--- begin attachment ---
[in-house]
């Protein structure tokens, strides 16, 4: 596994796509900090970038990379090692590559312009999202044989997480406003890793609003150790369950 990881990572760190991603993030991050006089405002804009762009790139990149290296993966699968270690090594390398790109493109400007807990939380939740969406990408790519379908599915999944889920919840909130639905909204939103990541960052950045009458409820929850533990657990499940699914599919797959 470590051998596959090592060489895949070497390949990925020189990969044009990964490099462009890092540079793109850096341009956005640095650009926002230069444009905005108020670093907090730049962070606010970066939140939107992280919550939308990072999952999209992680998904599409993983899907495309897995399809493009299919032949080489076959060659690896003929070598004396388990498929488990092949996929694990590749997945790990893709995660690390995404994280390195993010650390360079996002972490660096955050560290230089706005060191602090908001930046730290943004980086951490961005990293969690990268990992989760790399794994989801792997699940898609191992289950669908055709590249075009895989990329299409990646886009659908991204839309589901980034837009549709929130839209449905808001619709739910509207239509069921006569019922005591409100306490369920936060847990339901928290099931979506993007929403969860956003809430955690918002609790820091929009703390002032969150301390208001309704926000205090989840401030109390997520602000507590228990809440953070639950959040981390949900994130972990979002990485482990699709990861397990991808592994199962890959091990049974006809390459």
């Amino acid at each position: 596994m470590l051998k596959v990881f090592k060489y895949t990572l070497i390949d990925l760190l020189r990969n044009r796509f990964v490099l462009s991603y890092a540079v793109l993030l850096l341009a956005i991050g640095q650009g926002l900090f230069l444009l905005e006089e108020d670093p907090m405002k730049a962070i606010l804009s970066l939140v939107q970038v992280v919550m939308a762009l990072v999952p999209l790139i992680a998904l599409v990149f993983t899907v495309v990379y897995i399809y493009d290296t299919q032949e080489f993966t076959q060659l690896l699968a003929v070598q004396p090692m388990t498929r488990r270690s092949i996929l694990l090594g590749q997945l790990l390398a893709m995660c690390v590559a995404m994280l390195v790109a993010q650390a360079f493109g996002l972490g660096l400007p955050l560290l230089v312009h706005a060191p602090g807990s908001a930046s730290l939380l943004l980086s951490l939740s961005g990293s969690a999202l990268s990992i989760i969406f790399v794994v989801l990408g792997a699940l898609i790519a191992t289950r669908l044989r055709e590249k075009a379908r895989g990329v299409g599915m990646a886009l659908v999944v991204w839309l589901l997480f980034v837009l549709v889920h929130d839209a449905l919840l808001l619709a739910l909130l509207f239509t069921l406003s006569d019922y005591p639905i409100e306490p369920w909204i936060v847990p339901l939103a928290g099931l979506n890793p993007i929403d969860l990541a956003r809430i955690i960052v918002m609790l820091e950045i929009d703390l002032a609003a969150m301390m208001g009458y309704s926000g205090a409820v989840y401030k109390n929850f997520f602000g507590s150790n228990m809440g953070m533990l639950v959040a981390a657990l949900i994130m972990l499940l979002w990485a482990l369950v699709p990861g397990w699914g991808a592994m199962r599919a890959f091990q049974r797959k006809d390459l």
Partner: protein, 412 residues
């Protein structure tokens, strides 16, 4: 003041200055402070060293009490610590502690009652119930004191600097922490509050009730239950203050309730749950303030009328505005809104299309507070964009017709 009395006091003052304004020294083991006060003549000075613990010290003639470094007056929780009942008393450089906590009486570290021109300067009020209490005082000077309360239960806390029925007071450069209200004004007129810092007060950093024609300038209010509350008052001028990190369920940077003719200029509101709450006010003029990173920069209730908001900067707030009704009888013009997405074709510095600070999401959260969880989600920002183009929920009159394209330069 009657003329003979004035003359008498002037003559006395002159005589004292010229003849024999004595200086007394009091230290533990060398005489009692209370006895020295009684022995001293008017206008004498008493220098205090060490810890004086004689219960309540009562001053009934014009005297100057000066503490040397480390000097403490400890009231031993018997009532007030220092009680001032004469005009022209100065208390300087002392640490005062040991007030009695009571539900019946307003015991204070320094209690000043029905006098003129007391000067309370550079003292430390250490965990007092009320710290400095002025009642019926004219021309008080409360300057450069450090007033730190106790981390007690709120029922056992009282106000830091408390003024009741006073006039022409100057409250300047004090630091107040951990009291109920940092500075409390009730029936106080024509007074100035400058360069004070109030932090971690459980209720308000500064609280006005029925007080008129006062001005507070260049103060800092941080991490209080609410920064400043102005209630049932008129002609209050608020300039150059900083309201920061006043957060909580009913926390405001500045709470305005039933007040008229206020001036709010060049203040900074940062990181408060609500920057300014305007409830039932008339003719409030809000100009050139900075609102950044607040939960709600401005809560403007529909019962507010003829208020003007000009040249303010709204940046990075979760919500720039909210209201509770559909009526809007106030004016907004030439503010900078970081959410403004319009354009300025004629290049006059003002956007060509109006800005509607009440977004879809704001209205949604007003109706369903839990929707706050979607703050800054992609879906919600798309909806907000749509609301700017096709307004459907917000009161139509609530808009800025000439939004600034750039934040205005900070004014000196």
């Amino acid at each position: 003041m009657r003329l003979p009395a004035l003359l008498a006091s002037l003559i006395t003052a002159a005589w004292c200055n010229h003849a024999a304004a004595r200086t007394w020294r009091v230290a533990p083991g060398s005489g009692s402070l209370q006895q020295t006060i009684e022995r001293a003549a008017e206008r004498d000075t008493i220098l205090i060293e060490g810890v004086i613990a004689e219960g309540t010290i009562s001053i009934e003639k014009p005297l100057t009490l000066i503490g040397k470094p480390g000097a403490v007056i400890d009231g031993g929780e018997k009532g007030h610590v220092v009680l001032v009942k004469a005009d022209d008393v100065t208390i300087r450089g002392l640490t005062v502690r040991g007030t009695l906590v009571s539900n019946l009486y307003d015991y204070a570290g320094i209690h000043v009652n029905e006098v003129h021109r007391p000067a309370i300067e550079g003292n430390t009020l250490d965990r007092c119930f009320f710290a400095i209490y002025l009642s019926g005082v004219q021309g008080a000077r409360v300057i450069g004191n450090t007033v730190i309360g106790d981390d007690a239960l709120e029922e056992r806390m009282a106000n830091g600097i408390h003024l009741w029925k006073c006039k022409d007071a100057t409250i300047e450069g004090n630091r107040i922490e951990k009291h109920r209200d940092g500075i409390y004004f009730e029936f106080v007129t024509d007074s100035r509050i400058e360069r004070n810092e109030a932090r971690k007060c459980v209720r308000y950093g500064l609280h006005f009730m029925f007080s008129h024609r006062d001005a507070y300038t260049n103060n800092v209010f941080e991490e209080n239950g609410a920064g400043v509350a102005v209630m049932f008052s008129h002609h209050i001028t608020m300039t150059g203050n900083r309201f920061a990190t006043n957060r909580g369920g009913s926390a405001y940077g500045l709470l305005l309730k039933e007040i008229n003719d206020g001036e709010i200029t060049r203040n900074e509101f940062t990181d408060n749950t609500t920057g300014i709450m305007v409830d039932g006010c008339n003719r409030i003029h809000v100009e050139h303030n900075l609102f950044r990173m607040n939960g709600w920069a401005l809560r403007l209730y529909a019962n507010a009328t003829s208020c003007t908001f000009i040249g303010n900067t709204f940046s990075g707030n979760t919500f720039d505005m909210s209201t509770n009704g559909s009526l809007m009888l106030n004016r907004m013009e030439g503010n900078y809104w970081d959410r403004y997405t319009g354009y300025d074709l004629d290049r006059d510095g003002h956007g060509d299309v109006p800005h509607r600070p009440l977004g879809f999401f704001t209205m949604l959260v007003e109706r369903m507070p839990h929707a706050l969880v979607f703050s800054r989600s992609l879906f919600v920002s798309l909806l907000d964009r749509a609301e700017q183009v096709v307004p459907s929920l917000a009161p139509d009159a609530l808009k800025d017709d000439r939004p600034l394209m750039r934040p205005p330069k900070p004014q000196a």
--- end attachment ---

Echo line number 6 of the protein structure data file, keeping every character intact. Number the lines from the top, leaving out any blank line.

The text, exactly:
């Amino acid at each position: 003041m009657r003329l003979p009395a004035l003359l008498a006091s002037l003559i006395t003052a002159a005589w004292c200055n010229h003849a024999a304004a004595r200086t007394w020294r009091v230290a533990p083991g060398s005489g009692s402070l209370q006895q020295t006060i009684e022995r001293a003549a008017e206008r004498d000075t008493i220098l205090i060293e060490g810890v004086i613990a004689e219960g309540t010290i009562s001053i009934e003639k014009p005297l100057t009490l000066i503490g040397k470094p480390g000097a403490v007056i400890d009231g031993g929780e018997k009532g007030h610590v220092v009680l001032v009942k004469a005009d022209d008393v100065t208390i300087r450089g002392l640490t005062v502690r040991g007030t009695l906590v009571s539900n019946l009486y307003d015991y204070a570290g320094i209690h000043v009652n029905e006098v003129h021109r007391p000067a309370i300067e550079g003292n430390t009020l250490d965990r007092c119930f009320f710290a400095i209490y002025l009642s019926g005082v004219q021309g008080a000077r409360v300057i450069g004191n450090t007033v730190i309360g106790d981390d007690a239960l709120e029922e056992r806390m009282a106000n830091g600097i408390h003024l009741w029925k006073c006039k022409d007071a100057t409250i300047e450069g004090n630091r107040i922490e951990k009291h109920r209200d940092g500075i409390y004004f009730e029936f106080v007129t024509d007074s100035r509050i400058e360069r004070n810092e109030a932090r971690k007060c459980v209720r308000y950093g500064l609280h006005f009730m029925f007080s008129h024609r006062d001005a507070y300038t260049n103060n800092v209010f941080e991490e209080n239950g609410a920064g400043v509350a102005v209630m049932f008052s008129h002609h209050i001028t608020m300039t150059g203050n900083r309201f920061a990190t006043n957060r909580g369920g009913s926390a405001y940077g500045l709470l305005l309730k039933e007040i008229n003719d206020g001036e709010i200029t060049r203040n900074e509101f940062t990181d408060n749950t609500t920057g300014i709450m305007v409830d039932g006010c008339n003719r409030i003029h809000v100009e050139h303030n900075l609102f950044r990173m607040n939960g709600w920069a401005l809560r403007l209730y529909a019962n507010a009328t003829s208020c003007t908001f000009i040249g303010n900067t709204f940046s990075g707030n979760t919500f720039d505005m909210s209201t509770n009704g559909s009526l809007m009888l106030n004016r907004m013009e030439g503010n900078y809104w970081d959410r403004y997405t319009g354009y300025d074709l004629d290049r006059d510095g003002h956007g060509d299309v109006p800005h509607r600070p009440l977004g879809f999401f704001t209205m949604l959260v007003e109706r369903m507070p839990h929707a706050l969880v979607f703050s800054r989600s992609l879906f919600v920002s798309l909806l907000d964009r749509a609301e700017q183009v096709v307004p459907s929920l917000a009161p139509d009159a609530l808009k800025d017709d000439r939004p600034l394209m750039r934040p205005p330069k900070p004014q000196a």